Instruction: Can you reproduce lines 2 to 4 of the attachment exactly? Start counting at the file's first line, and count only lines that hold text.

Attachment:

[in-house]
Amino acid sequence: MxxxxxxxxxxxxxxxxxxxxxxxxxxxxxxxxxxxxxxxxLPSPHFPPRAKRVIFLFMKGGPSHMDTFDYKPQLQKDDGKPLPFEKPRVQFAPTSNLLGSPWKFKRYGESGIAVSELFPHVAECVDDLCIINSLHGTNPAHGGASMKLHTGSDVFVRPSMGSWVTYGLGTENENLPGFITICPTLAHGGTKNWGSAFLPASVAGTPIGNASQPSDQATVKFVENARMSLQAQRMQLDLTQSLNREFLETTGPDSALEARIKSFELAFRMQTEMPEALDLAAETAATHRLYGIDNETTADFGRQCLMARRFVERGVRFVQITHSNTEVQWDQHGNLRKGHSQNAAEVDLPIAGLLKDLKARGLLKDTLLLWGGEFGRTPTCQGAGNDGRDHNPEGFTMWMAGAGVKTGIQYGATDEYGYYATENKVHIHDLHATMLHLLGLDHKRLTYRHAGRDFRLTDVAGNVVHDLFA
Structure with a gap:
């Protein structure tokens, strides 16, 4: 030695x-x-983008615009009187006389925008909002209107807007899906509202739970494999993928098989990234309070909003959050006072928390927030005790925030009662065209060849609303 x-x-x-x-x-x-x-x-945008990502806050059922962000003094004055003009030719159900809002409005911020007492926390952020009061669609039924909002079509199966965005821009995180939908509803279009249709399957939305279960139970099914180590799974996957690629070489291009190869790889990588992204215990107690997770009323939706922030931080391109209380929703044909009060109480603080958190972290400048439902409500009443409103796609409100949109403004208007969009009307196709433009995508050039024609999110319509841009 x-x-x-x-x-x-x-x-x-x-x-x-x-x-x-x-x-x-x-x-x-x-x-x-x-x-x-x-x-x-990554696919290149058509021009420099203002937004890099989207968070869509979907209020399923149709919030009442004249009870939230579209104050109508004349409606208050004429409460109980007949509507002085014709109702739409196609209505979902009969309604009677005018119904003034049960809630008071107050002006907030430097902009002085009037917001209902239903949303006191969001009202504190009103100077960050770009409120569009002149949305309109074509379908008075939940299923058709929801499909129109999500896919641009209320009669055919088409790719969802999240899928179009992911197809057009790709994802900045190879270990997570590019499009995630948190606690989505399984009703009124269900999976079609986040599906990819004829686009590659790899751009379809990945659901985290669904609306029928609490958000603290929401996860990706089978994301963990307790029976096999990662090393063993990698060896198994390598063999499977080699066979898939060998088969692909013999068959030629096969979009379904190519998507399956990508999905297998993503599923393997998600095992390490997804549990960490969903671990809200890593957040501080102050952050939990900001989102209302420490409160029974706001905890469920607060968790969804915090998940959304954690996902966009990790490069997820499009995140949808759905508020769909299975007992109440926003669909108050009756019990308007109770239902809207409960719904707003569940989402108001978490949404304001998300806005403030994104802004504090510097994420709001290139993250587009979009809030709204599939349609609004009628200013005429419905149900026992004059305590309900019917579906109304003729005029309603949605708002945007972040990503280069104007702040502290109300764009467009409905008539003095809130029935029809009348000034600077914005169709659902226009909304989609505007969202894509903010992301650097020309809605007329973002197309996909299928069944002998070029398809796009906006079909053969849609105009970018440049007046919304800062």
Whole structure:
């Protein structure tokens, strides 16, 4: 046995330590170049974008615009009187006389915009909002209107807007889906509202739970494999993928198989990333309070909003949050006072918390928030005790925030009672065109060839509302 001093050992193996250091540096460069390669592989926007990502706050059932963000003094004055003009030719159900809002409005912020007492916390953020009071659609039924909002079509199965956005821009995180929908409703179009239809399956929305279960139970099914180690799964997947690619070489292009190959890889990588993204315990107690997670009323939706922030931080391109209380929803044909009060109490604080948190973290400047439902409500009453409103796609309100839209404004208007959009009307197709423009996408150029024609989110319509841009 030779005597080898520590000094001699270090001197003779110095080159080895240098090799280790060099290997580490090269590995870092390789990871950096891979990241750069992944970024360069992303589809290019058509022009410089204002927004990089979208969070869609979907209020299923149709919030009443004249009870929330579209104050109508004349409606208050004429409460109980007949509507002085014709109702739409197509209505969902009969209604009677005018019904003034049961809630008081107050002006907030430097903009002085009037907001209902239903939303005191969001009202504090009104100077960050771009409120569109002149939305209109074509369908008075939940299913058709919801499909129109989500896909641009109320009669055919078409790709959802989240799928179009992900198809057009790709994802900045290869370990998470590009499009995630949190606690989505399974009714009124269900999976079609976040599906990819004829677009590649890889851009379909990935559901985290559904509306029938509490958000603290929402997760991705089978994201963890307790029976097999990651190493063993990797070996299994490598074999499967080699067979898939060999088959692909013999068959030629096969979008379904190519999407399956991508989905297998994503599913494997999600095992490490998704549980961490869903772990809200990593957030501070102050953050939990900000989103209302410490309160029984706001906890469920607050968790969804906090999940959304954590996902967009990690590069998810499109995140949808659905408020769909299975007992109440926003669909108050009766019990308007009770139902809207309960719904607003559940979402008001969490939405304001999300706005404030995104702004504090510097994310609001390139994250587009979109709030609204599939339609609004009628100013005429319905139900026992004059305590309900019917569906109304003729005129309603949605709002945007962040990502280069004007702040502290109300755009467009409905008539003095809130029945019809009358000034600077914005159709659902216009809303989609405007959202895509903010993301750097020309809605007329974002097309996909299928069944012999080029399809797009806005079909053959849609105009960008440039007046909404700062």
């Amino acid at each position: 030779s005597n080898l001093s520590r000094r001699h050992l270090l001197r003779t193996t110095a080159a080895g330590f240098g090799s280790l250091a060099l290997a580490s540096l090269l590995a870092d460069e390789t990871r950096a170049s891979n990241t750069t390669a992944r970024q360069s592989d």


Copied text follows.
Amino acid sequence: MxxxxxxxxxxxxxxxxxxxxxxxxxxxxxxxxxxxxxxxxLPSPHFPPRAKRVIFLFMKGGPSHMDTFDYKPQLQKDDGKPLPFEKPRVQFAPTSNLLGSPWKFKRYGESGIAVSELFPHVAECVDDLCIINSLHGTNPAHGGASMKLHTGSDVFVRPSMGSWVTYGLGTENENLPGFITICPTLAHGGTKNWGSAFLPASVAGTPIGNASQPSDQATVKFVENARMSLQAQRMQLDLTQSLNREFLETTGPDSALEARIKSFELAFRMQTEMPEALDLAAETAATHRLYGIDNETTADFGRQCLMARRFVERGVRFVQITHSNTEVQWDQHGNLRKGHSQNAAEVDLPIAGLLKDLKARGLLKDTLLLWGGEFGRTPTCQGAGNDGRDHNPEGFTMWMAGAGVKTGIQYGATDEYGYYATENKVHIHDLHATMLHLLGLDHKRLTYRHAGRDFRLTDVAGNVVHDLFA
Structure with a gap:
């Protein structure tokens, strides 16, 4: 030695x-x-983008615009009187006389925008909002209107807007899906509202739970494999993928098989990234309070909003959050006072928390927030005790925030009662065209060849609303 x-x-x-x-x-x-x-x-945008990502806050059922962000003094004055003009030719159900809002409005911020007492926390952020009061669609039924909002079509199966965005821009995180939908509803279009249709399957939305279960139970099914180590799974996957690629070489291009190869790889990588992204215990107690997770009323939706922030931080391109209380929703044909009060109480603080958190972290400048439902409500009443409103796609409100949109403004208007969009009307196709433009995508050039024609999110319509841009 x-x-x-x-x-x-x-x-x-x-x-x-x-x-x-x-x-x-x-x-x-x-x-x-x-x-x-x-x-x-990554696919290149058509021009420099203002937004890099989207968070869509979907209020399923149709919030009442004249009870939230579209104050109508004349409606208050004429409460109980007949509507002085014709109702739409196609209505979902009969309604009677005018119904003034049960809630008071107050002006907030430097902009002085009037917001209902239903949303006191969001009202504190009103100077960050770009409120569009002149949305309109074509379908008075939940299923058709929801499909129109999500896919641009209320009669055919088409790719969802999240899928179009992911197809057009790709994802900045190879270990997570590019499009995630948190606690989505399984009703009124269900999976079609986040599906990819004829686009590659790899751009379809990945659901985290669904609306029928609490958000603290929401996860990706089978994301963990307790029976096999990662090393063993990698060896198994390598063999499977080699066979898939060998088969692909013999068959030629096969979009379904190519998507399956990508999905297998993503599923393997998600095992390490997804549990960490969903671990809200890593957040501080102050952050939990900001989102209302420490409160029974706001905890469920607060968790969804915090998940959304954690996902966009990790490069997820499009995140949808759905508020769909299975007992109440926003669909108050009756019990308007109770239902809207409960719904707003569940989402108001978490949404304001998300806005403030994104802004504090510097994420709001290139993250587009979009809030709204599939349609609004009628200013005429419905149900026992004059305590309900019917579906109304003729005029309603949605708002945007972040990503280069104007702040502290109300764009467009409905008539003095809130029935029809009348000034600077914005169709659902226009909304989609505007969202894509903010992301650097020309809605007329973002197309996909299928069944002998070029398809796009906006079909053969849609105009970018440049007046919304800062």